A nurse in PPE waits to help her next COVID-19 patient.

Streamlined communication is always beneficial, but when a crisis hits, efficient, accurate communication is absolutely essential. The COVID-19 pandemic created a unique crisis in communication. Hospitals and other healthcare organizations without a strong foundation on the technical side of communication faced greater challenges. Others quickly adapted to a “new normal,” turning to reliable HIPAA compliant methods of communication that bridged the gap formed by social distancing necessity.

The following are three essential communication lessons learned from COVID.

1) Contactless communication is essential, and it must be efficient and secure. 

The most efficient way medical teams and care providers communicate is usually in person, during patient hand-offs and shift changes. But during a crisis, it’s not always possible to get everyone together in the same place, whether that’s due to limited staffing or the need to restrict in-person gatherings. During the first and second waves of the COVID-19 pandemic, both reasons forced medical centers to look for replacements to their typical group communication methods. 

Group emails and mass texts were some of the first methods clinics used to quickly share information with a group. However, it soon became clear that those forms of communication were too inefficient and insecure to be reliable.

First, in emergency and crisis situations, the message sender needs to know if and when their message has been received. Otherwise, valuable time is wasted waiting for a reply. Unfortunately, read receipts are not guaranteed with emails and texts. Important emails and messages easily get lost or are put aside to respond to later. 

Second, emails and texts leave room for gaps in security, which results in HIPAA compliance failures. Some hospitals allow their staff to BYOD (bring your own device) to access emails, texts, and other communication apps. It’s imperative that these devices offer HIPAA compliant messaging so that patients’ PHI (protected health information) is not exposed. Similarly, it needs to be possible to lock personal devices if they get lost so that sensitive information isn’t compromised.

Hospitals who saw the greatest efficiency in crisis communication without compromising security used secure messaging platforms like miSecureMessages. Features like end-to-end encryption, high priority message alerts, read status, and time stamps save care teams, doctors, nurses and non-clinical staff valuable time. In fact, staff save two minutes per message when compared to traditional paging technology.

Lesson learned: Staff—both medical and non-medical—who could use their own devices to send and receive secure messages were more efficient than those who relied on email or traditional paging technology.

2) Make information securely accessible from anywhere. 

In the initial wave of COVID-19, America’s urban centers struggled to handle the thousands of daily positive cases and overflowing ICUs. To prevent physicians from being exposed and forced to quarantine — or to enable quarantined physicians to participate remotely in patient care and decision making — hospitals set up virtual command centers and bunkers. Everything from staying in touch with care teams to managing data entry needed to be done remotely.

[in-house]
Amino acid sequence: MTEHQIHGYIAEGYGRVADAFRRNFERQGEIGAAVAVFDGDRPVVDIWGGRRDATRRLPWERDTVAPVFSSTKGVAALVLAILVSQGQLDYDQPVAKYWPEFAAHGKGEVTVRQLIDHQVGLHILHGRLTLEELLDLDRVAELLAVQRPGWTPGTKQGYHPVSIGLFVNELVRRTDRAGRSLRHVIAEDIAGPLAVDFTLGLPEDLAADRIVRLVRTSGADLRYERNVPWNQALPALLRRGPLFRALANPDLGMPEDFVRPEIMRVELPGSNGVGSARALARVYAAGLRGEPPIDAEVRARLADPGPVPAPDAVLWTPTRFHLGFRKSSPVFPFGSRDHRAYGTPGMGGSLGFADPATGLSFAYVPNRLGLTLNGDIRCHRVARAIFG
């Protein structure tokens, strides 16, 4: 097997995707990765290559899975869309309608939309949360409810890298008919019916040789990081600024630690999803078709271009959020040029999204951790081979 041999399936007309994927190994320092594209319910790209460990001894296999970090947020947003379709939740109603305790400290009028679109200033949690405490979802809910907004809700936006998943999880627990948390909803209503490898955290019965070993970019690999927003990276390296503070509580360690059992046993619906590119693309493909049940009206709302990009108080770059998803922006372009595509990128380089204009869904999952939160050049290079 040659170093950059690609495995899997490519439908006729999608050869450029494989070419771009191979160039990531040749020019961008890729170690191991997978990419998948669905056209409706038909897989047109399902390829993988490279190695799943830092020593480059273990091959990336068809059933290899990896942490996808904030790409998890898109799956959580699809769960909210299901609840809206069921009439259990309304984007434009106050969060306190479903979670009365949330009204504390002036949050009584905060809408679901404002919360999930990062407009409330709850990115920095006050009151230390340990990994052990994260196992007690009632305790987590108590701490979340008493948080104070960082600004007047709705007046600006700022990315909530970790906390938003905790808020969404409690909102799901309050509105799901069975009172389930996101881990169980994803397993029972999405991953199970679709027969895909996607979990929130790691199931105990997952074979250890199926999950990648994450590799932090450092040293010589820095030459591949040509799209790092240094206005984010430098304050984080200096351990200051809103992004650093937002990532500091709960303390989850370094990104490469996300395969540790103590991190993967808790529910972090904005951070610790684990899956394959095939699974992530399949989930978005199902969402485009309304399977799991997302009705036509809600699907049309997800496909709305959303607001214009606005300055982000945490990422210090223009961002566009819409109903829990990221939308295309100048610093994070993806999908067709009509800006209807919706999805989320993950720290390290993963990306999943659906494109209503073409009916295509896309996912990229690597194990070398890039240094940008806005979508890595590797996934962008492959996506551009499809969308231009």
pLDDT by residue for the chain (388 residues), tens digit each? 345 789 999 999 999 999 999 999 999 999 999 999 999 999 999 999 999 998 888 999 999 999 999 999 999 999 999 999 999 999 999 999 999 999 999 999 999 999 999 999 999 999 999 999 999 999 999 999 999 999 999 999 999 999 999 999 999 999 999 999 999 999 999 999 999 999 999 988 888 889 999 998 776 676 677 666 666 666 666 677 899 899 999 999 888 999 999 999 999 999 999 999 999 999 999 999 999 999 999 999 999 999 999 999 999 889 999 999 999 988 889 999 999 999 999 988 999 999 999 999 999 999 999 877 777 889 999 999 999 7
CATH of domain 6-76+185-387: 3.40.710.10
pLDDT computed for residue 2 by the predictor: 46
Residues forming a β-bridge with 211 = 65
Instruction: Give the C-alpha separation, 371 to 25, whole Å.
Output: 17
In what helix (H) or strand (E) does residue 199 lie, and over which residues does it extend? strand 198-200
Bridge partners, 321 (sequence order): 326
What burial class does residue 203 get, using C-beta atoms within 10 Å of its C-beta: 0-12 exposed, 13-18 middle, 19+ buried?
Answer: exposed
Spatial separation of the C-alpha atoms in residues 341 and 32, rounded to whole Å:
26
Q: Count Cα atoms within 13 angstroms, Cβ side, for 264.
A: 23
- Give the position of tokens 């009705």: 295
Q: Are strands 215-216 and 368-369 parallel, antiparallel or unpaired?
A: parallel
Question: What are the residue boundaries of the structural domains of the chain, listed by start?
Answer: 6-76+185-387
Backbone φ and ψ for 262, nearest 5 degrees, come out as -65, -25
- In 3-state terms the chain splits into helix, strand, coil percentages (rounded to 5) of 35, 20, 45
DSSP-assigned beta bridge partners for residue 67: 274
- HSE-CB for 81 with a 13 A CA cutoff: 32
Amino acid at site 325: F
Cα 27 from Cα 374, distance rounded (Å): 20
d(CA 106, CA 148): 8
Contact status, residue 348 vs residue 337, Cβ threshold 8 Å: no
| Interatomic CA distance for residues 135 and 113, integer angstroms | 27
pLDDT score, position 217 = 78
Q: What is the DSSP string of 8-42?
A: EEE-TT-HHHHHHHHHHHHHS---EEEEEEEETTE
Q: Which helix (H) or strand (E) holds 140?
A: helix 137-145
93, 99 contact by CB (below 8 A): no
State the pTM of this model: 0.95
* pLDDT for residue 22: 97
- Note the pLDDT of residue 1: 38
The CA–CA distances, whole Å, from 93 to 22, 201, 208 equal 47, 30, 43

Hospitals whose EHRs and communication systems that were only accessible over a local network struggled to make the best use of their bunkered physicians. But medical teams who relied on secure messaging systems that used mobile data or wi-fi weren’t hindered by location. 

Lesson learned: Make the most of remote and bunkered physicians by simplifying access to secure messaging from anywhere.

3) Prioritize accuracy and speed with EHR integrations and automations.

It’s a given that contactless communication can reduce the threat of transmission and save on valuable personal protective equipment (PPE). But reducing in-person communication can come at the cost of accuracy. When pressed for time, numbers or letters can be transposed. Hurried messages can be mistyped and misunderstood. Important details can be missed. 

To save time and to improve accuracy in communication, many successful teams encouraged their staff to use pre-written messages and phrases, such as “I can respond in 5 minutes” or “I am unable to respond.” Simplified quick phrases like these reduce the mental load on already busy and stressed care teams, enabling faster replies and allowing them to focus on the task at hand. Guided scripting also helps care team members follow protocols and give the most up to date details. 

Another way that medical staff streamlined communication was by using EHR integrated messaging. Instead of re-typing PHI, integrated messaging apps pre-filled patient data through HL7 connections. This also reduced the need for physical document sharing.

Lesson learned: Improve work flows by automating information sharing and offering quick phrases for immediate replies. 

Crises have a way of pinpointing areas of weaknesses, especially in communication. Medical centers who prioritized using streamlined secure messaging apps during the COVID-19 pandemic were able to safely handle the influx of patients and rapidly changing information without compromising patient confidentiality.